Thursday, March 6, 2014

Guest Post: External Rotation of the Shoulder

Written by: Ashley Luedke MS, ATC
            While working with a college baseball team, most players (pitchers especially) would come in to get their shoulders stretched. These stretches usually included internal rotation, external rotation, and biceps stretch. Fast forward two years later, I had a discussion with an ATC about the damage that could possibly be done when stretching any athlete in external rotation of the shoulder. As a student, I took this as an opportunity to learn.
            The thought is that external rotation of the shoulder will irritate the labrum, biceps tendon, or the undersurface of the rotator cuff. Also, if an athlete is being stretched into an extreme external rotation this could simulate a peel-back mechanism. This increases anterior capsular laxity and likely exacerbates the internal impingement mechanism over the long-term.
            An article done by Eric Creesey called Shoulder Mobility Drills: How to Improve External Rotation (if you even need it) agreed with the claims made about external rotation and the negative effects it could cause to an athlete’s shoulder. So, what can be done instead of external rotation? In Creesey’s article he gave a number of options:
1.     Soft tissue work on pec minor/major and subscapularis: this should be performed by a qualified manual therapist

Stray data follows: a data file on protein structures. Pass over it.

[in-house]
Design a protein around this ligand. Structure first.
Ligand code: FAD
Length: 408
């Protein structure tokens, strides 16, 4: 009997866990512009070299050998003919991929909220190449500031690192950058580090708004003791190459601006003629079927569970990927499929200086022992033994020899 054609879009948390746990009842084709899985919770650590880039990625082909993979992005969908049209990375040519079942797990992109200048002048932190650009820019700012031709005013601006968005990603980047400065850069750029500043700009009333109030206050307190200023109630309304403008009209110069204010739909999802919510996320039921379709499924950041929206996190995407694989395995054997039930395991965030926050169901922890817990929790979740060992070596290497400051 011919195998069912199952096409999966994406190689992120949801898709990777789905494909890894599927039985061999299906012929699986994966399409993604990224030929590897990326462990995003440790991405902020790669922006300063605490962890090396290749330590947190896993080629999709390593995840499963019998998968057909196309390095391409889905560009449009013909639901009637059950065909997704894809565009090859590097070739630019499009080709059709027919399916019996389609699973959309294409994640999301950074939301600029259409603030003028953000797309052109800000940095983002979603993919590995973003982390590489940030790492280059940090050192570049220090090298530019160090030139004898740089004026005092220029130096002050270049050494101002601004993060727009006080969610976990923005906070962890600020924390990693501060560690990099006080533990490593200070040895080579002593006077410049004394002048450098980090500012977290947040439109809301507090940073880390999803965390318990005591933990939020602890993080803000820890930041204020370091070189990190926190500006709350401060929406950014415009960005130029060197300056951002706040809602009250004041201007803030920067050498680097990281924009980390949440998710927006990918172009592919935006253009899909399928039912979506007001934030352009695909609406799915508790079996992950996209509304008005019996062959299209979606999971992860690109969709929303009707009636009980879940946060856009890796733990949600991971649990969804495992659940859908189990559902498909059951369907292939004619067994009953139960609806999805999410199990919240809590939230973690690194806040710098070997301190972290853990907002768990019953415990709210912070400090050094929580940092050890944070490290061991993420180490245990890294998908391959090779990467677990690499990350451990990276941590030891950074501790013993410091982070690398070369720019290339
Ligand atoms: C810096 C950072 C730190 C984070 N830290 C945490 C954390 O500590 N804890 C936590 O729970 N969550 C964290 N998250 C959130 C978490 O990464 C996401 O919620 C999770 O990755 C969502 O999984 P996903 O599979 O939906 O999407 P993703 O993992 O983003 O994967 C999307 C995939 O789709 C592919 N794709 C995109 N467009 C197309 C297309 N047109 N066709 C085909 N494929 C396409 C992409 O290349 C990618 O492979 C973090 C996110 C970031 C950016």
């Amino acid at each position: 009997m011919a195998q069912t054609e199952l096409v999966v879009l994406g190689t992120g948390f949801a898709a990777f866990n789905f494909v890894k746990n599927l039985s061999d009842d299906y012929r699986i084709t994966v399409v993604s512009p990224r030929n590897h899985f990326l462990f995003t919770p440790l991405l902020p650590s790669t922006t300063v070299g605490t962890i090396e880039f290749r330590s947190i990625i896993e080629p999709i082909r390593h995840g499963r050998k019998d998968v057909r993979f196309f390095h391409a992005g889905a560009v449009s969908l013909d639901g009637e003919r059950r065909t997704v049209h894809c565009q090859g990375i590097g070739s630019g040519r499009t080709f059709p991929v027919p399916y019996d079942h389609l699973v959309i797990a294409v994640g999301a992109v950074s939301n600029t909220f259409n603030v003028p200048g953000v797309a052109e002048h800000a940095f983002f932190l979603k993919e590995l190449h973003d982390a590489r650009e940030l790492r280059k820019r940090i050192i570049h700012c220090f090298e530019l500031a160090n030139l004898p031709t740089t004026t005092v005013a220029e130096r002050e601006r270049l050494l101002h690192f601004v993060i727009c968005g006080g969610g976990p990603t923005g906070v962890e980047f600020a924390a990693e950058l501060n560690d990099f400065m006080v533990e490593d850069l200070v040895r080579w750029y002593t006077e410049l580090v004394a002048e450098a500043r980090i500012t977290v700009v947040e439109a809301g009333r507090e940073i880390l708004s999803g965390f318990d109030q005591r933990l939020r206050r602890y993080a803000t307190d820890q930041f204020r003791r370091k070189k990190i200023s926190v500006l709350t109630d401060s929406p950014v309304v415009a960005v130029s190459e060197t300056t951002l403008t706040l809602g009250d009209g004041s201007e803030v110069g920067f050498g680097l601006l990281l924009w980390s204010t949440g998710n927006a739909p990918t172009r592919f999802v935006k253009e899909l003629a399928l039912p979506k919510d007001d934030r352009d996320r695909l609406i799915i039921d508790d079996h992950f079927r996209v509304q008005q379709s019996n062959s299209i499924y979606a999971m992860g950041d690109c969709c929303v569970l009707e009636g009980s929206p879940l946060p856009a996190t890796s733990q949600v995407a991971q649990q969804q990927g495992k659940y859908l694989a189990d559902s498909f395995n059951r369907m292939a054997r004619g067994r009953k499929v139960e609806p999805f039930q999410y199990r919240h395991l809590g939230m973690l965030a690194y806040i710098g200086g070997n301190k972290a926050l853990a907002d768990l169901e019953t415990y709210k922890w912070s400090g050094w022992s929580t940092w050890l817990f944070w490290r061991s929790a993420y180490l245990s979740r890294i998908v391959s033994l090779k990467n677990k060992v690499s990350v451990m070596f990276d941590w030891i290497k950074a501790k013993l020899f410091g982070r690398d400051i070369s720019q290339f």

2.     Exercises to improve scapular retraction/depression/posterior tilt: could be improved by horizontal pulling exercises or specific lower trap/serratus anterior exercises
3.     Incorporate specific thoracic spine mobility drills: this could include side-lying extension-rotation  

So for example, if a pitcher is concerned about lack of external rotation these options above could help improve it, but also according to an article written by Phil Rosengren called Should Pitchers Stretch to Increase External Rotation?, he claims that pitchers tend to gain external rotation throughout the course of a season. Improving the external rotation throughout the season occurs by just throwing and lots of it (within reason). Throughout the course of the season, it’s normal for pitchers to develop greater external rotation as a product of the repetitive throwing.
Rosengren’s thoughts are when actively stretching your arms where it’s already getting loose on its own doesn’t make much sense. You are creating and increase amount of instability in the joint and putting the athlete at greater risk of injury.

Rosengren states that increased flexibility and range of motion are good. But, only if accompanied by increased strength and stability, which is pretty agreeable. So, if you repetitively stretch out your arm and ignore working on strengthening the muscles around the joint, you’re asking for trouble. So in a pitchers throwing arm, greater range of motion in the shoulder is good, but this should be accompanied with stability in the scapular region.

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